Texas has banned gay marriage and its conservative attorney general is trying to make sure that same-sex couples who tied the knot in other jurisdictions cannot get divorced in the Lone Star state.
An appeals court is currently considering whether the Massachusetts marriage of two Dallas men can be ended in divorce in Texas, which only recognizes marriage between one man and one woman.
Texas attorney general Greg Abbott is fighting to prevent the legal recognition of same-sex divorce, out of concern that doing so would undermine the state’s refusal to recognize same-sex marriages, even those legal in other states.
“Divorce is only available to parties of a valid marriage,” the state’s assistant solicitor general, Jimmy Blacklock, told an appeals court Wednesday. “The parties are not eligible for divorce.”
Blacklock said that the only way to dissolve the union is a “voidance” — a legal way to end an invalid relationship.
But a lawyer for one of the men argued that voidance isn’t an option because the marriage is legally valid, even if it isn’t recognized by the state of Texas.
By forcing same-sex couples to go through a separate system to end their marriages, he said, Texas would be “creating a separate class for them,” attorney Jody Scheske said.
Scheske said his client is an “ordinary” man who simply wants what 50 percent of married couples end up doing: get divorced.
“It’s so important for my client … to have his privacy back, his rights back, (and) to end his marriage and go on with his life,” he said.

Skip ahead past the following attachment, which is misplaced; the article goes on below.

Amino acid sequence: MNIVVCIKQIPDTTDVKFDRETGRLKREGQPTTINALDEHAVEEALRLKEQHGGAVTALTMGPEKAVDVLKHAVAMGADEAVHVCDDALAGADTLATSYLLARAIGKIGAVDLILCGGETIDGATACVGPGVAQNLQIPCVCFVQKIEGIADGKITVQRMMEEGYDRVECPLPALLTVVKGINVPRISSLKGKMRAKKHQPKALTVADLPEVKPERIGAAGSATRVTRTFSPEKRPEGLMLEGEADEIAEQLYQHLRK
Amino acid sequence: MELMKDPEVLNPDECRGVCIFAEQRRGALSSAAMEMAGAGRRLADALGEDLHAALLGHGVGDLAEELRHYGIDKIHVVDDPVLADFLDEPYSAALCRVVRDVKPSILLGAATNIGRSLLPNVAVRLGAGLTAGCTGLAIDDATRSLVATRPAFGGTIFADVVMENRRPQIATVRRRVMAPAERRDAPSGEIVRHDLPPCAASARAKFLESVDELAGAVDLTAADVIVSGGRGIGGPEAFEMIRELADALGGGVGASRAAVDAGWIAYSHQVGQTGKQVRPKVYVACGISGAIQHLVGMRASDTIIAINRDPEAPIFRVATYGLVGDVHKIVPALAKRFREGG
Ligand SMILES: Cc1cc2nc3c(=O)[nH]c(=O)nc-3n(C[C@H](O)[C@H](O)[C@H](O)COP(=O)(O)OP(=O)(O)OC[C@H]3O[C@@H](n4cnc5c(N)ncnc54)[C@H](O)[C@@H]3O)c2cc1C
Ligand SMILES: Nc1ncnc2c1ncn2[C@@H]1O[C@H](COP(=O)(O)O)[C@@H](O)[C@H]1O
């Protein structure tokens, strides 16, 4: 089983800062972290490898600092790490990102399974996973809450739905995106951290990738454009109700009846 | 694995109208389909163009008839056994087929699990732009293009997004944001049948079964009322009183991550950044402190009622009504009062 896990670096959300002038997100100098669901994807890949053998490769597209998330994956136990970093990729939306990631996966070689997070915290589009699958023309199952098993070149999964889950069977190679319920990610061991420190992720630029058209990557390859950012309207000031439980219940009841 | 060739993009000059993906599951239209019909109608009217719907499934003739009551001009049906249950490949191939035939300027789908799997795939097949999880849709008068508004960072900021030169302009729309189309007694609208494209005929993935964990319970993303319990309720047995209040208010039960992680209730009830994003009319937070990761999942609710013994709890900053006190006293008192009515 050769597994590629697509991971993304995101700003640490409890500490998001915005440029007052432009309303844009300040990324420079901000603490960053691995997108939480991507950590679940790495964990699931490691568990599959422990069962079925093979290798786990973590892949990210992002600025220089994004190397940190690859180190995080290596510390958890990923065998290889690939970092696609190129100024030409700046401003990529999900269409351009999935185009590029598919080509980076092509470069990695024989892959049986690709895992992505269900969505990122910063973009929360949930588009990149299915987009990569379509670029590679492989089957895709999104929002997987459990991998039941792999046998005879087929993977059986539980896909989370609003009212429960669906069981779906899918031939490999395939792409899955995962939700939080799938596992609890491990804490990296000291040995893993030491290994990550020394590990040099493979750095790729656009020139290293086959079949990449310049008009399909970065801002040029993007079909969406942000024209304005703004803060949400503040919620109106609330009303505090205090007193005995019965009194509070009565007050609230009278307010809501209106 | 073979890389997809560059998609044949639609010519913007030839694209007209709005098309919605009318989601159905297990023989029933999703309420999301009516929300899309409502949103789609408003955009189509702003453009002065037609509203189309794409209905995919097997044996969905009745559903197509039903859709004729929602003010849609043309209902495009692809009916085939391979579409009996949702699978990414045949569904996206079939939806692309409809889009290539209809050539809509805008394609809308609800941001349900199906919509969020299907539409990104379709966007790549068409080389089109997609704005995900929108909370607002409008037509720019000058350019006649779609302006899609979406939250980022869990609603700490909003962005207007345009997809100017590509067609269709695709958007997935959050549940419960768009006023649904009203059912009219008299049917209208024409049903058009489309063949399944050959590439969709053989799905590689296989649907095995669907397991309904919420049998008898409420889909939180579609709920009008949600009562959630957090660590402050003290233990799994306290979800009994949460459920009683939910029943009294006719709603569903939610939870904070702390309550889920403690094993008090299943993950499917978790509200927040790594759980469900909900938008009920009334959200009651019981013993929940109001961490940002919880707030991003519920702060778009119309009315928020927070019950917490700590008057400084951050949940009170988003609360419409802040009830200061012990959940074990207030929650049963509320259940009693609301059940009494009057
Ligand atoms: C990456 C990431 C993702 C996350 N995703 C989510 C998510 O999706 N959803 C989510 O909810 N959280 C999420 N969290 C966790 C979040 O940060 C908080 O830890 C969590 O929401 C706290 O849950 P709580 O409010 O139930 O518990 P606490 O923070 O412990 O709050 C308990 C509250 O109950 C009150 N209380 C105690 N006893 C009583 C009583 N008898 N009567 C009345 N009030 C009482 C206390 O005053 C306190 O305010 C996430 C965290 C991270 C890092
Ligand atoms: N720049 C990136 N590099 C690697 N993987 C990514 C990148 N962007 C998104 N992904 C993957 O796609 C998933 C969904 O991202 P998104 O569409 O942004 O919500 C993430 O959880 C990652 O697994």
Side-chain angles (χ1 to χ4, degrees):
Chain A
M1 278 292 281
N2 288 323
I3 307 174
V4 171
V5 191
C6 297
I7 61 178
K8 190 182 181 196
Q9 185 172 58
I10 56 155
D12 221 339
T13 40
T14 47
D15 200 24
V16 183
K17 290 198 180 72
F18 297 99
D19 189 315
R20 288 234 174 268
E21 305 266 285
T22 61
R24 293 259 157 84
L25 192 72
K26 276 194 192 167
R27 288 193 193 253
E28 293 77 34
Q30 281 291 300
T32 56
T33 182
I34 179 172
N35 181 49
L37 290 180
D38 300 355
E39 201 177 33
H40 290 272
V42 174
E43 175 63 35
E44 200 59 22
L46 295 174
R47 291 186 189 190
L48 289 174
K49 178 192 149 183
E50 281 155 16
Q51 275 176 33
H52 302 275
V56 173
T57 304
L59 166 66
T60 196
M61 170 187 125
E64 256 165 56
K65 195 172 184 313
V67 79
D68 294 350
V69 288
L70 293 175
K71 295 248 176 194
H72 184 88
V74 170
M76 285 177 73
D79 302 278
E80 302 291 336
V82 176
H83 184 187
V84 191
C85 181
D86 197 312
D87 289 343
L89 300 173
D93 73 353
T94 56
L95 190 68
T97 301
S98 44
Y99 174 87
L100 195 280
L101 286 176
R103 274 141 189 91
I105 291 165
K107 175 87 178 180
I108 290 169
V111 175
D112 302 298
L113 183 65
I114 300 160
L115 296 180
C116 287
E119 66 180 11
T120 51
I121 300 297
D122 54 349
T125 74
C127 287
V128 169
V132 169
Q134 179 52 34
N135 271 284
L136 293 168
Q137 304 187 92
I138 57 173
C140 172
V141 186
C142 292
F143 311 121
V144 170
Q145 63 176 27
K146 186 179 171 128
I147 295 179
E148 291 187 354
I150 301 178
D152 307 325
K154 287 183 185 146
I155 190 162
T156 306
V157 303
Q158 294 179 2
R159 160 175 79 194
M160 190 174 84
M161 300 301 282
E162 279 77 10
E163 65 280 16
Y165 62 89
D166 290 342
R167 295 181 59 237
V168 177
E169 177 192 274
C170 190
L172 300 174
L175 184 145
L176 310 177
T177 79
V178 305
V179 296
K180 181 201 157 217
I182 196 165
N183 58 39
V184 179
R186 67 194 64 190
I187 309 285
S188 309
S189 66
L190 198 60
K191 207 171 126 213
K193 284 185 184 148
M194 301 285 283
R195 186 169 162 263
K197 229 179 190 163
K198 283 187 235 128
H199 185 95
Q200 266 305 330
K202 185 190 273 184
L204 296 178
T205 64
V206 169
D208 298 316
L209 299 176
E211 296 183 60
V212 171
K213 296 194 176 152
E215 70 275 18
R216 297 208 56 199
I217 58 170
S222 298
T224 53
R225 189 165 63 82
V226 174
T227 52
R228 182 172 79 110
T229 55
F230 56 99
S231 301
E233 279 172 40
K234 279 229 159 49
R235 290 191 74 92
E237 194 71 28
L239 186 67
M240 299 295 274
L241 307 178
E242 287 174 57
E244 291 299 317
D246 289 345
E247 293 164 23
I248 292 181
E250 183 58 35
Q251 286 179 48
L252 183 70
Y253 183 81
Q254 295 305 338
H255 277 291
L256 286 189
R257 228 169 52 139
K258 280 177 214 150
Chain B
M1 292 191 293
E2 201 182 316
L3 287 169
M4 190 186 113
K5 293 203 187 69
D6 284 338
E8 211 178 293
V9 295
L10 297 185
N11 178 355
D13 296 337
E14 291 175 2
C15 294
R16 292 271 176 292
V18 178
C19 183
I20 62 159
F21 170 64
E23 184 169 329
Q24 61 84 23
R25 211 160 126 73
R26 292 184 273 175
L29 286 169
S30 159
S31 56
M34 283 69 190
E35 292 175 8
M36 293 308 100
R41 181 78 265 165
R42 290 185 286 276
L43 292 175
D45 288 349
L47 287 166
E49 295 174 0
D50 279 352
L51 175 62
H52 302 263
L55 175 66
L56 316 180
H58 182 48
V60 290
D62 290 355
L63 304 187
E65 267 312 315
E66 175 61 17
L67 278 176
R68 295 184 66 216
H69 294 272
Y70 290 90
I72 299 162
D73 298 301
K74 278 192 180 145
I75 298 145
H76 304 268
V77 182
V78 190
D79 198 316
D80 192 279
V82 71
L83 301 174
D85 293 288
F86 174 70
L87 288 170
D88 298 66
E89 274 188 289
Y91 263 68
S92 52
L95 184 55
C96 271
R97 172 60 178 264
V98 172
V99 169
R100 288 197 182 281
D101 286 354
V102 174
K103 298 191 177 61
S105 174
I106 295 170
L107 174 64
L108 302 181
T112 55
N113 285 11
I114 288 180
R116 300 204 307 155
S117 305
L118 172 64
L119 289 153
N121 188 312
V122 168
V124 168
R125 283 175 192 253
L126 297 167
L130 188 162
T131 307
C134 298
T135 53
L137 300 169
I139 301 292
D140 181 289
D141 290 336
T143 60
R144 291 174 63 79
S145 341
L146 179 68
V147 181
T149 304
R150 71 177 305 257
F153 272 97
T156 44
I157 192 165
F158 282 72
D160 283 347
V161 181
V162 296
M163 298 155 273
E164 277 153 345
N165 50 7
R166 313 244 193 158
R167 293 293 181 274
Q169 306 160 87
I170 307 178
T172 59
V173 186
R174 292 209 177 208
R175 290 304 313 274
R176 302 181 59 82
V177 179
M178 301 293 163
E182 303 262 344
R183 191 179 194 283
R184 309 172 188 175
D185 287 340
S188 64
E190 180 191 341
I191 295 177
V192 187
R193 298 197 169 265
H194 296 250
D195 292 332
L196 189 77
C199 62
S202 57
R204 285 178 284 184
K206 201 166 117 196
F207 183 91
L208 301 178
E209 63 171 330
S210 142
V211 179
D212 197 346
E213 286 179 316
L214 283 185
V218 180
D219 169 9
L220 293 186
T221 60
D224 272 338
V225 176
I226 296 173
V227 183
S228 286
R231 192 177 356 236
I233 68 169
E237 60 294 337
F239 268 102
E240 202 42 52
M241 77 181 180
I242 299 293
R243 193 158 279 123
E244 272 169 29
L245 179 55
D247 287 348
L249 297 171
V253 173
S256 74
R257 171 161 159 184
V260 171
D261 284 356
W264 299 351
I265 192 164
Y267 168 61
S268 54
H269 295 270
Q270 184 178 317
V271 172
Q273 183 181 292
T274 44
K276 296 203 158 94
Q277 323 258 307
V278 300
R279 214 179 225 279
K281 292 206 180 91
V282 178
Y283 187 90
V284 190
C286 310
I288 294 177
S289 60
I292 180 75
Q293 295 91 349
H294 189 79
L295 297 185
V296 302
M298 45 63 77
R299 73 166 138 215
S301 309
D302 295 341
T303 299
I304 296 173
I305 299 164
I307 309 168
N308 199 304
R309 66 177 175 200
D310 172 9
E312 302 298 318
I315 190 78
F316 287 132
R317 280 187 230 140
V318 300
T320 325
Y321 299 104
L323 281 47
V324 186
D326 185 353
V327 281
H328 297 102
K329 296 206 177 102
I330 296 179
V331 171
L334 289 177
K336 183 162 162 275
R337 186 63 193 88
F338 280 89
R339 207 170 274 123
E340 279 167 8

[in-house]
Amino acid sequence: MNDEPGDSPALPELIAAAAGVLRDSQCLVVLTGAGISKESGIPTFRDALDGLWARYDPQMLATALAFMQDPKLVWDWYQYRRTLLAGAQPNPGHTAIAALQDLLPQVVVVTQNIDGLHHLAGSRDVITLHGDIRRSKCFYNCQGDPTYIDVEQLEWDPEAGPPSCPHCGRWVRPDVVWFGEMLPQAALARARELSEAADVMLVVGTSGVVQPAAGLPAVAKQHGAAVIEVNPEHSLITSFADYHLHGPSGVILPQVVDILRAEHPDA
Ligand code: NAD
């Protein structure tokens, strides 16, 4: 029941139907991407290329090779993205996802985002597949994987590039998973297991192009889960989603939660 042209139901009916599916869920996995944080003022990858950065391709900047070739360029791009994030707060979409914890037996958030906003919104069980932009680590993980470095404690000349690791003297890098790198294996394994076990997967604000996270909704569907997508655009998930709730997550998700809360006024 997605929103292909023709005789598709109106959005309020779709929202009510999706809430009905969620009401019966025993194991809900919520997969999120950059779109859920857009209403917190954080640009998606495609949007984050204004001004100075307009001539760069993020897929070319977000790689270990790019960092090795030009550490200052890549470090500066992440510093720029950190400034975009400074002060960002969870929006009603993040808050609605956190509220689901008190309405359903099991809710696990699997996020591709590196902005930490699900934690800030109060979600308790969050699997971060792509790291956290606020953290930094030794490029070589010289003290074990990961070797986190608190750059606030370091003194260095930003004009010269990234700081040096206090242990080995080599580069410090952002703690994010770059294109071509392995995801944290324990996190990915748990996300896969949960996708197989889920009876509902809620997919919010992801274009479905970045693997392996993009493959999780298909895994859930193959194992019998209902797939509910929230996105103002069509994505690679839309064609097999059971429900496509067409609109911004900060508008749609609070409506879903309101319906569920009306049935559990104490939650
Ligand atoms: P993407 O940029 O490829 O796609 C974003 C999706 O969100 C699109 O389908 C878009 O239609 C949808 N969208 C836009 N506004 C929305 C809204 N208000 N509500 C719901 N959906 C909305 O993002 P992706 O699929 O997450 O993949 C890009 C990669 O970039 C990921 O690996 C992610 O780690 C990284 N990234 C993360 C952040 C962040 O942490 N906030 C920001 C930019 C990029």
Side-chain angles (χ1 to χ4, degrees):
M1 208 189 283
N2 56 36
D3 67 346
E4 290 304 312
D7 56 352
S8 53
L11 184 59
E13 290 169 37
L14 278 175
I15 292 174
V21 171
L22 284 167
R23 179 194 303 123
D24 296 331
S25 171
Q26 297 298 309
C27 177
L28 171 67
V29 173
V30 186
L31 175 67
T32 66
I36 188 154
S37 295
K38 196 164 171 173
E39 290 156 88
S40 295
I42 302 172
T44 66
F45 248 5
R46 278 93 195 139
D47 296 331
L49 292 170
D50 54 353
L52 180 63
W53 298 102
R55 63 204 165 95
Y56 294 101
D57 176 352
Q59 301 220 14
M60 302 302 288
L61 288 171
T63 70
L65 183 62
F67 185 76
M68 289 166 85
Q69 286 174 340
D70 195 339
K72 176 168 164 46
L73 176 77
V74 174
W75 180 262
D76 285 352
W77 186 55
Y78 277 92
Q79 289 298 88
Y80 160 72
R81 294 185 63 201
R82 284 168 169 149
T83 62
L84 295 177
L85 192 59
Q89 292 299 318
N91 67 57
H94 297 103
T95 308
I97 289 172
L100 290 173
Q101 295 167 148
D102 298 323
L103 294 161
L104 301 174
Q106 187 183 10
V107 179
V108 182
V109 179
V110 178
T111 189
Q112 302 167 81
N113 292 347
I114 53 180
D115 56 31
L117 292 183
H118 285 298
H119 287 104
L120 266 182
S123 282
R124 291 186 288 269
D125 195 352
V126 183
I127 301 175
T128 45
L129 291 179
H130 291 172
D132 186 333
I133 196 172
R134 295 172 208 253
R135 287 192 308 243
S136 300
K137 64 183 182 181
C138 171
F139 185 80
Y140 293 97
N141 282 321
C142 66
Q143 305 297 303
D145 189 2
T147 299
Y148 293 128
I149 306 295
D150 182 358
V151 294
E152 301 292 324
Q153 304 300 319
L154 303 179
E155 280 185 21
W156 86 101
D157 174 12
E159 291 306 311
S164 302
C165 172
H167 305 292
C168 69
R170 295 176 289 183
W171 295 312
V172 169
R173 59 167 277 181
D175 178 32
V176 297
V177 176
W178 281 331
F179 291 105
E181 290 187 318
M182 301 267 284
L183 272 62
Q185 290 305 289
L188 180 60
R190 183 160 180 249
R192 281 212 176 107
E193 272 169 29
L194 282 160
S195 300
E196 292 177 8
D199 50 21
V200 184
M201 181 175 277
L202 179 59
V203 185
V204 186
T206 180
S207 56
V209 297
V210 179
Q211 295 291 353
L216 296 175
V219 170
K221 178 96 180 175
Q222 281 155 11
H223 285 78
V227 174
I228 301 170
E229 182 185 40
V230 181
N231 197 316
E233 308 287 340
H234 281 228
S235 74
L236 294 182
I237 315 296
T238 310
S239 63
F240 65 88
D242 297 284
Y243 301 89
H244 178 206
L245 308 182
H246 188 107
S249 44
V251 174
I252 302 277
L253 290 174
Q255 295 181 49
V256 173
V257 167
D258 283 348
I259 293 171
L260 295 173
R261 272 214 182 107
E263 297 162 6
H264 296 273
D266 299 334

A ruling is not expected for weeks or months and the decision will likely be appealed to the Texas Supreme Court.
Same-sex marriage is legal in only five US states, Connecticut, Iowa, Massachusetts, New Hampshire and Vermont, and the US capital Washington.
Ten US states have extended some or all of the legal benefits of marriage to same-sex couples by recognizing civil unions or domestic partnerships, according to the gay rights group Lambda Legal.
Some 29 states, including Texas, have adopted constitutional amendments barring same-sex marriage.
President Barack Obama waded into the gay rights debate Thursday when he ordered hospitals to grant visitation rights to gay and lesbians, including for non-family visitors.
The move sought to end a common practice by hospitals that only allow family members related to the patient by blood or marriage and instead allow visits by anyone chosen by the patient.
He has also extended partial federal benefits to same-sex partners of US government workers but is moving cautiously on his campaign promise to end a law that bars gays from openly serving in the military.